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Brazil's Path To Populism Should Not Surprise Anyone

Jair Bolsonaro's triumph in the first round of the presidential election is worrisome, but a simple response to economic hard times and a corrupt political class.

Bolsonaro supporters last week in Rio de Janeiro
Bolsonaro supporters last week in Rio de Janeiro
Marcelo Cantelmi

-Analysis-

BUENOS AIRES — Anyone with doubts still about how a serious recession, combined with the widespread pilfering of public funds, can impact voters need only look at what happened in Brazil, our colossal neighbor, where former military man Jair Bolsonaroa radical on various counts, including in his admiration for authoritarian and even despotic rule just won the first round of the presidential election.

His notable rise in politics is not, however, unusual. Nor are the conditions that fostered it. For the same reasons, similar figures are proliferating around the globe. Without the devastating slump that followed the financial crash of 2008 that led, in turn, to acute concentration of wealth, the extremism crossing the length of the European continent like wildfire would not exist. Nor would we be seeing Trump's populist experiment in the White House. Likewise, the seeds of the fascism that emerged in Europe in the 1930s were sown in the social debris created by the 1929 crash and ensuing slump.

Latin America, given its experiences with brutal dictatorships, has its own reasons to be alarmed by Bolsonaro's ascent. Modern history shows us that effects multiply if the conditions producing them intensify. In other words, if one of these types occupies such an important position, more will appear, and soon.

Last year, 13% of Brazilians said they were satisfied with their democracy.

Like his European counterparts, this would-be strongman — who has pivoted from backing state intervention in the economy to laissez faire — managed to interpret the frustrations of a people heaving under the worst recession of their history and the corruption of their entire political class. The party that's suffered most in all this is the Workers' Party (PT) of former president Luiz Inácio Lula da Silva (2003-2011), who pursued developmental policies but also set up an unprecedented system of corruption and finally ruined the economy.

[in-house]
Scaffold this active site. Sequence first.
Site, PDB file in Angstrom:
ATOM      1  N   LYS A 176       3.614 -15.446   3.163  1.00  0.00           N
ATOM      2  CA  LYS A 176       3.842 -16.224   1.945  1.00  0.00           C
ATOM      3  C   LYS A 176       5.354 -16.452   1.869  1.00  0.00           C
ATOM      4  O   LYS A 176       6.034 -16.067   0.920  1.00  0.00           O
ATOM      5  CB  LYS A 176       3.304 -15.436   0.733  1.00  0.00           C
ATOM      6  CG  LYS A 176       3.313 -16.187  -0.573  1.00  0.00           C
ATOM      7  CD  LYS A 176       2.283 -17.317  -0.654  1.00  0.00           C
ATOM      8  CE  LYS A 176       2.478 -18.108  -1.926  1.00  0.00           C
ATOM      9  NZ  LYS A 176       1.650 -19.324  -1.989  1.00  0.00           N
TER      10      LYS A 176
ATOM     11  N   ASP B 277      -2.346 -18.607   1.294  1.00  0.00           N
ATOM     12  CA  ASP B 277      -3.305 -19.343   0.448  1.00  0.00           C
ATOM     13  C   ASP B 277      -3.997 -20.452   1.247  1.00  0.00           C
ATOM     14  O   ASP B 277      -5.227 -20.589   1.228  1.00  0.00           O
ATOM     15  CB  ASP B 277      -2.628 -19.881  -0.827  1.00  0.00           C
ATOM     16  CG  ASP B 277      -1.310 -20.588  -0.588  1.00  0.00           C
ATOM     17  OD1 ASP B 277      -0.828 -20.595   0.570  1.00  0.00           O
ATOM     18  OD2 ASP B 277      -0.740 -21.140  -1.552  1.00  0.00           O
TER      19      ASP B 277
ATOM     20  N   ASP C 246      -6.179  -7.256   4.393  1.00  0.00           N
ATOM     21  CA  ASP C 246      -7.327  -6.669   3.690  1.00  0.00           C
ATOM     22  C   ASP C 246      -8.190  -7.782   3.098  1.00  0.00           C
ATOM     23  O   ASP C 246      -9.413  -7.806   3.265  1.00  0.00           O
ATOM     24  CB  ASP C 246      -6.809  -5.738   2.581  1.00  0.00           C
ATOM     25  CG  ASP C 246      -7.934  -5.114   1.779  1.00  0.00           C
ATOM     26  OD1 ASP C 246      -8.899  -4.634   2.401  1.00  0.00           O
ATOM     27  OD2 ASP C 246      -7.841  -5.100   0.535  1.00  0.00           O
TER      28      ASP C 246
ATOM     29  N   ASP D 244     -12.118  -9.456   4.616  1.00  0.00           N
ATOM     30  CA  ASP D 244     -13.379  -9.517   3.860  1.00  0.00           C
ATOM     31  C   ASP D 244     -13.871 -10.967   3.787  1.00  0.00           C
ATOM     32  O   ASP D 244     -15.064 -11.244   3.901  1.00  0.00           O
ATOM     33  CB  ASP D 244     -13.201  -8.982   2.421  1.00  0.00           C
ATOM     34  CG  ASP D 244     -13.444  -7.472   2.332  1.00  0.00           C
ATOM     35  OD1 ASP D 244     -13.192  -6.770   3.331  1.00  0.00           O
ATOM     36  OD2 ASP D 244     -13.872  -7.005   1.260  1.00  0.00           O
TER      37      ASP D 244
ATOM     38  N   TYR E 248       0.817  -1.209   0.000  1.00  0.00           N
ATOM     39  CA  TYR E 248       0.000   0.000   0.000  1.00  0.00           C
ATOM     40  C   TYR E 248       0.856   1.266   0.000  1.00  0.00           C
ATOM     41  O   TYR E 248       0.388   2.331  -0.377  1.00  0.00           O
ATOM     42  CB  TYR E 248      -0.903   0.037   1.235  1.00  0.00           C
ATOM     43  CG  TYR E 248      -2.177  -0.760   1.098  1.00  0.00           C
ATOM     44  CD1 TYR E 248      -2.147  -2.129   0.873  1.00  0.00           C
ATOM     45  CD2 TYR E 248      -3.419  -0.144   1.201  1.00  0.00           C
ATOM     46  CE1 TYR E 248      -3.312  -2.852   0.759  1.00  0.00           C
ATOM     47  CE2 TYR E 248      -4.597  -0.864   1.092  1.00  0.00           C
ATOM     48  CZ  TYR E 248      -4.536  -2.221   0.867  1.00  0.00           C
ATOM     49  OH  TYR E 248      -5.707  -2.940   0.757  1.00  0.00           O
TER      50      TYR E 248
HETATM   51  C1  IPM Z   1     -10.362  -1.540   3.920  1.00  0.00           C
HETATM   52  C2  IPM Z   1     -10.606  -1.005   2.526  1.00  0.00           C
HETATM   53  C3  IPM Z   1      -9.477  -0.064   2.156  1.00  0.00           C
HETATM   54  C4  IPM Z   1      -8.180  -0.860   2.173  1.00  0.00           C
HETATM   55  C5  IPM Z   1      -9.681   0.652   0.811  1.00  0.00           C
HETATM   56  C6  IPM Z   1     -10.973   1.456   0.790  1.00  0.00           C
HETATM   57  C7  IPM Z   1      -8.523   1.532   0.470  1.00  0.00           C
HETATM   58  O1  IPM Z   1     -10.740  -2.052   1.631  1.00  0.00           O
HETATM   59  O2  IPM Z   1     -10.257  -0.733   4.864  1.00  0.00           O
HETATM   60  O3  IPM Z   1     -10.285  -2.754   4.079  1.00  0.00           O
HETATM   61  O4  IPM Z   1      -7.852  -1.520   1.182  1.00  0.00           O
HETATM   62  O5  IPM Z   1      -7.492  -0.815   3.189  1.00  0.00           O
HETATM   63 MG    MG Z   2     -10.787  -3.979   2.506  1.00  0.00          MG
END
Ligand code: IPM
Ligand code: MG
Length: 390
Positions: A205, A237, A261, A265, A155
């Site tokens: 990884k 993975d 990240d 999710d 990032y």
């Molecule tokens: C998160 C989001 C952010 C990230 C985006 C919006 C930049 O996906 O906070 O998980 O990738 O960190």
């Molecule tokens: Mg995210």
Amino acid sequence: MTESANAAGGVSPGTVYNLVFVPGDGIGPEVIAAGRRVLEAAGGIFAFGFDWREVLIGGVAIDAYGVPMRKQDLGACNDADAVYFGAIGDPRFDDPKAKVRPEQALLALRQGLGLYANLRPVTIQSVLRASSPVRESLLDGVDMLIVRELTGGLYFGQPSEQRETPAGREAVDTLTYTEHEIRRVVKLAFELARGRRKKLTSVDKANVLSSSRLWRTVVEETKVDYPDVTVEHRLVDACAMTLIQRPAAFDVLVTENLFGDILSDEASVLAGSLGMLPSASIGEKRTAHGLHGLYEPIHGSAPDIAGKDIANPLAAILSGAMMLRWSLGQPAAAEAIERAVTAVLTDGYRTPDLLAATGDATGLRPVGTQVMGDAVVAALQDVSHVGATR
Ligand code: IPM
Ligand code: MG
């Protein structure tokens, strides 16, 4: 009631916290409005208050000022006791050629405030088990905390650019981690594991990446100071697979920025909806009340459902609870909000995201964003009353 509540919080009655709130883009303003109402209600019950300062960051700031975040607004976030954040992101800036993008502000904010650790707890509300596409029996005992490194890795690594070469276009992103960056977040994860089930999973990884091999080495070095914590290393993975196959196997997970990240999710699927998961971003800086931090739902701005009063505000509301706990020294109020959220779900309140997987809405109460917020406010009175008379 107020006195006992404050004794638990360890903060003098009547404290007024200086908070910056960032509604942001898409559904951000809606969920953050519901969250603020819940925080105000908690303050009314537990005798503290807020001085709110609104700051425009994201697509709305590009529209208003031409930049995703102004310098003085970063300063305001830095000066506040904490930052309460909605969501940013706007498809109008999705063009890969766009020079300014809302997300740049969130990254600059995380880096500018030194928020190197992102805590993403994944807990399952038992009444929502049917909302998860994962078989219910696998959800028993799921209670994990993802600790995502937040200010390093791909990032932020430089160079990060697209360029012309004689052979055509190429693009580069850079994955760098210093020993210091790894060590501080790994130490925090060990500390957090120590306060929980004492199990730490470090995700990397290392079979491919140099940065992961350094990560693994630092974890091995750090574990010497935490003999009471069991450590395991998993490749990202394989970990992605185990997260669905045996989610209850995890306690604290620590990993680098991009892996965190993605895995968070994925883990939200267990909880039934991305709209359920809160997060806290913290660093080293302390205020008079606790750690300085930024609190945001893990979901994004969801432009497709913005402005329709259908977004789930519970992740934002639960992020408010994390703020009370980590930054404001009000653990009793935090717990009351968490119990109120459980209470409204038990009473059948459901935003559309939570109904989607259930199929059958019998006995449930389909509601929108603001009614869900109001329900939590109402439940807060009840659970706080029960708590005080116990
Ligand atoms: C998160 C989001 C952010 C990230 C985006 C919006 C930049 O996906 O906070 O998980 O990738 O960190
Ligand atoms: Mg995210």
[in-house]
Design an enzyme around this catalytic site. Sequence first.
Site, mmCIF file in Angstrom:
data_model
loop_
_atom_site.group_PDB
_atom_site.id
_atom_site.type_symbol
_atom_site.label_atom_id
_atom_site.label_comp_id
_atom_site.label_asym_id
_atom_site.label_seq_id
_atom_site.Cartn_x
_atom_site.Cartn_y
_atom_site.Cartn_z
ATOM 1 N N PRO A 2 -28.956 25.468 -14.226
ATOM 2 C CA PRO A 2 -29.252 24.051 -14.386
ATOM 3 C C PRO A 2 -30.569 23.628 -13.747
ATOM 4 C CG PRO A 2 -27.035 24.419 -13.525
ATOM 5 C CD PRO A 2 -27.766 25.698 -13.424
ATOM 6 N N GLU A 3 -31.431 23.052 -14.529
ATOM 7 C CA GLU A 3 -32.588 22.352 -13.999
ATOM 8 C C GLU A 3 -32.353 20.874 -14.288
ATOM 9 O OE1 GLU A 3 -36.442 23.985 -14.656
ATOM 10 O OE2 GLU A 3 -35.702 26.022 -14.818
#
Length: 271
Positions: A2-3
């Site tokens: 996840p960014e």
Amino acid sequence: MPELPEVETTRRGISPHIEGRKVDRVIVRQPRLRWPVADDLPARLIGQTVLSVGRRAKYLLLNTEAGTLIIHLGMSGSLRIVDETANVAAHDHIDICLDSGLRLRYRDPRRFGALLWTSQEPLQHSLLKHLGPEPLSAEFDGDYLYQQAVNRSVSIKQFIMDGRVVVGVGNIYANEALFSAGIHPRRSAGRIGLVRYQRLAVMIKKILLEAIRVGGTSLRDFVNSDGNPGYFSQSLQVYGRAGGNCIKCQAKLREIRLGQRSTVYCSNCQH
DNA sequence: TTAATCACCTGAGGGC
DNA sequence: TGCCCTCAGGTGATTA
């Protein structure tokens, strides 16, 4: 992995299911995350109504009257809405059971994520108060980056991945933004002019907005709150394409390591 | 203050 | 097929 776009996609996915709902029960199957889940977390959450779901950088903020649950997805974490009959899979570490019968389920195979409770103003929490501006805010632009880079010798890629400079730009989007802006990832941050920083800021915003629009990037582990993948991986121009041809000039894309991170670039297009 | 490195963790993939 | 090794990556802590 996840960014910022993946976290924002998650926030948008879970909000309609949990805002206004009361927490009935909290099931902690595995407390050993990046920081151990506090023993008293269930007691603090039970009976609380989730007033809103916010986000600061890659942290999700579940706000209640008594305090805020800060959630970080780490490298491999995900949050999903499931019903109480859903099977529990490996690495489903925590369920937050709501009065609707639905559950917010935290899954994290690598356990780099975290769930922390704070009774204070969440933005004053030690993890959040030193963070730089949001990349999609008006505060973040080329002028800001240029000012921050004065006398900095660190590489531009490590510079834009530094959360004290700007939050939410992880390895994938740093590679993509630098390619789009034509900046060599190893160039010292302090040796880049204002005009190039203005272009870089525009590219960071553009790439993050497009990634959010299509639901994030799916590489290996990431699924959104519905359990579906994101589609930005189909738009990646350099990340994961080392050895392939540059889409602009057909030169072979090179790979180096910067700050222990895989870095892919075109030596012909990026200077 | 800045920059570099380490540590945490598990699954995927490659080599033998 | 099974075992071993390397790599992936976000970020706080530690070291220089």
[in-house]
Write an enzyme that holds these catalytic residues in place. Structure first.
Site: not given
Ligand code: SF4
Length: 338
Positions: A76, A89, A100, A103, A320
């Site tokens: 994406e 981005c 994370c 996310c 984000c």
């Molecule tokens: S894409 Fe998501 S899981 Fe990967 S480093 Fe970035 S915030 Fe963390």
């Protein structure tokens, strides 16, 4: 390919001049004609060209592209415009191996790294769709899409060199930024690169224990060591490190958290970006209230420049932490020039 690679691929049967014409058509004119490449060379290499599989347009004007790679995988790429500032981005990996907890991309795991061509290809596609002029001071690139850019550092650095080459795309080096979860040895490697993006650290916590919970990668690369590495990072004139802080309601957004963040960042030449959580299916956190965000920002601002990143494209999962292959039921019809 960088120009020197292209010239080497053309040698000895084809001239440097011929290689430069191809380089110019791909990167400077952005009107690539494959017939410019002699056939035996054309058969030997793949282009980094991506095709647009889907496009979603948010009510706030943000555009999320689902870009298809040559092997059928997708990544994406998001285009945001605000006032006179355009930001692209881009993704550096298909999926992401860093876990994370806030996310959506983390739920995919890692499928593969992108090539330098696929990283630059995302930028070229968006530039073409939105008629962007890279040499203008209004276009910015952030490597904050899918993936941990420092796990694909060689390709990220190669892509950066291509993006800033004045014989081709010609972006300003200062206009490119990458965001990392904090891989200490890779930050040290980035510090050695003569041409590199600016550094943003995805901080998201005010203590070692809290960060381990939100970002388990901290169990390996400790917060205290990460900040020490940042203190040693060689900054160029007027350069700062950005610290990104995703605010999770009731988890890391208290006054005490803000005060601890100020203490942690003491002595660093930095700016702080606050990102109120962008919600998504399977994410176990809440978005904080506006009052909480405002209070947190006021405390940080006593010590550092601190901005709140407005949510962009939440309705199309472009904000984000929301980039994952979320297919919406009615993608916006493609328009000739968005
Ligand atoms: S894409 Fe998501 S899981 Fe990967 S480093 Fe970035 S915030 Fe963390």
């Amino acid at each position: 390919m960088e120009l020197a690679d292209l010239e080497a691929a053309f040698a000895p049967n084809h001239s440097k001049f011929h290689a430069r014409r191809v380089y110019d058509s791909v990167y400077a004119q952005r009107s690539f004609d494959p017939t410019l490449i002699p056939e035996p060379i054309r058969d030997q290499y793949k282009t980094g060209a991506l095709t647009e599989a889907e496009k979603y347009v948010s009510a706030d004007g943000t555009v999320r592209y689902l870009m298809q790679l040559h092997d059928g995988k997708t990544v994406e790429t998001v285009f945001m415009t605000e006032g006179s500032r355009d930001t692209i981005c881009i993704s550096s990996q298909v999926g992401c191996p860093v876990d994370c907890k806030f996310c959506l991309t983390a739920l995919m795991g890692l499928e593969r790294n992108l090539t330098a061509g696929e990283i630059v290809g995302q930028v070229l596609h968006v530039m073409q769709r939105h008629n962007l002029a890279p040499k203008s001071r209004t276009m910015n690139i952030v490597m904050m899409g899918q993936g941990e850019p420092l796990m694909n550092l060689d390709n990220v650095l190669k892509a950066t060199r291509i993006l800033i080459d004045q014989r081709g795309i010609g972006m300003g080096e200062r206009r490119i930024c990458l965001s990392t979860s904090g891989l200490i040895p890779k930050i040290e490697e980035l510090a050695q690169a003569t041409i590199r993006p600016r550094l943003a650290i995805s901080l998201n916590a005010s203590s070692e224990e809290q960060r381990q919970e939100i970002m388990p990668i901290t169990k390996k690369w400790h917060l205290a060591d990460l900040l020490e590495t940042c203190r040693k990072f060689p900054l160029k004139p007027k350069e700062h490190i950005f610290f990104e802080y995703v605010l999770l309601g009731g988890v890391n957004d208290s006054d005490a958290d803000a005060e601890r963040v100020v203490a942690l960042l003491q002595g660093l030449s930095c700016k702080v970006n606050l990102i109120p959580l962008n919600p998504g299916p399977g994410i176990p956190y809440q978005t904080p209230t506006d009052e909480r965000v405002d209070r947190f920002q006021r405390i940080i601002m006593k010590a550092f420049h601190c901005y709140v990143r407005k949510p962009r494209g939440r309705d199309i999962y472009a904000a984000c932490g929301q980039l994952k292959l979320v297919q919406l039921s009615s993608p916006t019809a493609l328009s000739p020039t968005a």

Brazil's economic indicators tumbled during the first term of his successor, Dilma Rousseff (2011-2016). Annual growth reached a measly 0.9%, while per capita incomes began plummeting, falling 9.1% in the final year of socialist rule and effectively killing all hopes of social mobility.

It was in this simmering cauldron of frustration cooked up by the PT that the so-called "Carwash" corruption scandal broke, ultimately sending Lula to prison. That scandal is still very much on people's minds, and it is no coincidence that Dilma's bid to win a Senate seat in the Oct. 6 elections ended with a humiliating rebuff.

At a time when political parties and party politics are in crisis worldwide, these dismal events in Brazil have liquidated trust in traditional forces. Last year, just 13% of Brazilians said they were satisfied with their democracy. Bolsonaro's first-round victory can thus hardly be considered a surprise.

His voters are broadly middle class and want to restore a system of economic growth and prosperity. The wealthiest sectors, for their part, see his military rigor as something that could favor implementation of the economic adjustments needed to balance the country's antiquated accounts. Bolsonaro backers are mostly male, given the candidate's sexist discourse. But there are also women who support him for other motives, along with poor voters and even former PT supporters who like his nationalism.

As history has shown, momentum can shift.

The PT candidate, Fernando Haddad, is in a bind ahead of the upcoming runoff. Lula's successor sought to extricate himself from the hole into which his party and leader are sinking, and make himself attractive to the political center. He failed to realize, however, that in this multifaceted socio-economic crisis, the political center has all but dissolved.

There's still the second round, of course. As history has shown, momentum can shift. In 2002 in France, the fascistic presidential candidate Jean-Marie Le Pen came within a hair's breadth of winning against the conservative Jacques Chirac in the first round of voting. But in the second round, a singular alliance of forces gave Chirac a thumping majority of 82.2% of votes against Le Pen's 17.1%.

Those were different times, though. Extremist movements seemed to be the exception, and while people's trust in politics was bruised, it was still standing. Whether there's enough of that trust remaining to keep Bolsonaro from office will be determined on Oct. 28.

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